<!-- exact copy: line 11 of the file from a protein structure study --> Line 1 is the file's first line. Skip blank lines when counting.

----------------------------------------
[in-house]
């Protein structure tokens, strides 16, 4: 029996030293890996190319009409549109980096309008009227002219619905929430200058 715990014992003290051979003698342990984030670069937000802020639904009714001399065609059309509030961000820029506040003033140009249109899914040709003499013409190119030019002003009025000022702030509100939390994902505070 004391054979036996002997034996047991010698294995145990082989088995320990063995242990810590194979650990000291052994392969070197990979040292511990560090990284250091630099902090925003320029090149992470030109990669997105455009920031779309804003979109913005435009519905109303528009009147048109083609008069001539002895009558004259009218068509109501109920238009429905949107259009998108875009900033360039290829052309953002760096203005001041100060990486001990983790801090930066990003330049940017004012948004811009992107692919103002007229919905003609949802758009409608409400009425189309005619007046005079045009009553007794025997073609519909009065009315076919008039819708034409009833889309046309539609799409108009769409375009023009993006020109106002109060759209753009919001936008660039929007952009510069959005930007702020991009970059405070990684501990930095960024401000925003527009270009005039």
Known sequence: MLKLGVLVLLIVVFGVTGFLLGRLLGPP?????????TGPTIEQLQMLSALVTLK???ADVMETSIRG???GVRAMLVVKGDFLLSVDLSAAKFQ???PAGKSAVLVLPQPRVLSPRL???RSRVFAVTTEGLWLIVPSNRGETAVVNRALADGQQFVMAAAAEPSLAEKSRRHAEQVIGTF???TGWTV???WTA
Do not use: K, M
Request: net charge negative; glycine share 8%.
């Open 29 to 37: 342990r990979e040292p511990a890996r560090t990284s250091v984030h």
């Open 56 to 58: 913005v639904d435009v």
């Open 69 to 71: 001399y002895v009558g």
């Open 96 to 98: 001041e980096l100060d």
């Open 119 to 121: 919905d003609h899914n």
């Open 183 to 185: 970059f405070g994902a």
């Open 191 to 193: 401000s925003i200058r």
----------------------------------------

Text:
């Open 183 to 185: 970059f405070g994902a």